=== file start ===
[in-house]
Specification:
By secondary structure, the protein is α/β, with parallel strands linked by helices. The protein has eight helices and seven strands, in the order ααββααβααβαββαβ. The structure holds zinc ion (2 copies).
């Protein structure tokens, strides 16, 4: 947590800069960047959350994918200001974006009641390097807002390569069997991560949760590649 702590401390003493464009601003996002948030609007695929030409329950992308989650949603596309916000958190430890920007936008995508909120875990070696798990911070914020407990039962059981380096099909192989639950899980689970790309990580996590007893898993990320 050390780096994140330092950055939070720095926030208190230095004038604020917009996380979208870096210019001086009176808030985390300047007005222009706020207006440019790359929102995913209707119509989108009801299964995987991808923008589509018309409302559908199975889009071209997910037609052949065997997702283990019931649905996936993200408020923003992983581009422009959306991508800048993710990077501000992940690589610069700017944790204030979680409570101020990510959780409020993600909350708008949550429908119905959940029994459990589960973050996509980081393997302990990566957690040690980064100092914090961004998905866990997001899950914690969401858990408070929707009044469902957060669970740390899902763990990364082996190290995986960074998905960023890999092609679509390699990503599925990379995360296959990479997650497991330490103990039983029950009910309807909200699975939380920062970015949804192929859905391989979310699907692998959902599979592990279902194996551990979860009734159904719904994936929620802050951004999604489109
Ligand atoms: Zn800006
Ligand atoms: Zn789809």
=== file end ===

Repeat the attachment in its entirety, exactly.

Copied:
[in-house]
Specification:
By secondary structure, the protein is α/β, with parallel strands linked by helices. The protein has eight helices and seven strands, in the order ααββααβααβαββαβ. The structure holds zinc ion (2 copies).
């Protein structure tokens, strides 16, 4: 947590800069960047959350994918200001974006009641390097807002390569069997991560949760590649 702590401390003493464009601003996002948030609007695929030409329950992308989650949603596309916000958190430890920007936008995508909120875990070696798990911070914020407990039962059981380096099909192989639950899980689970790309990580996590007893898993990320 050390780096994140330092950055939070720095926030208190230095004038604020917009996380979208870096210019001086009176808030985390300047007005222009706020207006440019790359929102995913209707119509989108009801299964995987991808923008589509018309409302559908199975889009071209997910037609052949065997997702283990019931649905996936993200408020923003992983581009422009959306991508800048993710990077501000992940690589610069700017944790204030979680409570101020990510959780409020993600909350708008949550429908119905959940029994459990589960973050996509980081393997302990990566957690040690980064100092914090961004998905866990997001899950914690969401858990408070929707009044469902957060669970740390899902763990990364082996190290995986960074998905960023890999092609679509390699990503599925990379995360296959990479997650497991330490103990039983029950009910309807909200699975939380920062970015949804192929859905391989979310699907692998959902599979592990279902194996551990979860009734159904719904994936929620802050951004999604489109
Ligand atoms: Zn800006
Ligand atoms: Zn789809």